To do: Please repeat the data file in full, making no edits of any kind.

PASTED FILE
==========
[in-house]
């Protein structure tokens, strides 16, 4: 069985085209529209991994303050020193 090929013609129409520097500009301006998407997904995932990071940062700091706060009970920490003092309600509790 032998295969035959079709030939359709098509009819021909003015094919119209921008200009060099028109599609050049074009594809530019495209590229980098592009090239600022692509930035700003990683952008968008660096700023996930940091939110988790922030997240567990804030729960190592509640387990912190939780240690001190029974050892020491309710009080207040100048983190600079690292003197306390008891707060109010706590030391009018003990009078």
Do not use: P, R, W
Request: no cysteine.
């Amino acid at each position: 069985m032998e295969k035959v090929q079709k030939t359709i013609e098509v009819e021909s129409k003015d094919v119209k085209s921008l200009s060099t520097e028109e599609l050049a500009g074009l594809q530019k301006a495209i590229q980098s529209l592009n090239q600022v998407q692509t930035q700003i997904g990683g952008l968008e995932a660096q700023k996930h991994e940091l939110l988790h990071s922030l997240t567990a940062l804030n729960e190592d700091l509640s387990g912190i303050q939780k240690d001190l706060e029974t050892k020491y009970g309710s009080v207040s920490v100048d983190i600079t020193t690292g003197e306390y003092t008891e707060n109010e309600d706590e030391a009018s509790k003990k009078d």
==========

[in-house]
């Protein structure tokens, strides 16, 4: 069985085209529209991994303050020193 090929013609129409520097500009301006998407997904995932990071940062700091706060009970920490003092309600509790 032998295969035959079709030939359709098509009819021909003015094919119209921008200009060099028109599609050049074009594809530019495209590229980098592009090239600022692509930035700003990683952008968008660096700023996930940091939110988790922030997240567990804030729960190592509640387990912190939780240690001190029974050892020491309710009080207040100048983190600079690292003197306390008891707060109010706590030391009018003990009078």
Do not use: P, R, W
Request: no cysteine.
């Amino acid at each position: 069985m032998e295969k035959v090929q079709k030939t359709i013609e098509v009819e021909s129409k003015d094919v119209k085209s921008l200009s060099t520097e028109e599609l050049a500009g074009l594809q530019k301006a495209i590229q980098s529209l592009n090239q600022v998407q692509t930035q700003i997904g990683g952008l968008e995932a660096q700023k996930h991994e940091l939110l988790h990071s922030l997240t567990a940062l804030n729960e190592d700091l509640s387990g912190i303050q939780k240690d001190l706060e029974t050892k020491y009970g309710s009080v207040s920490v100048d983190i600079t020193t690292g003197e306390y003092t008891e707060n109010e309600d706590e030391a009018s509790k003990k009078d």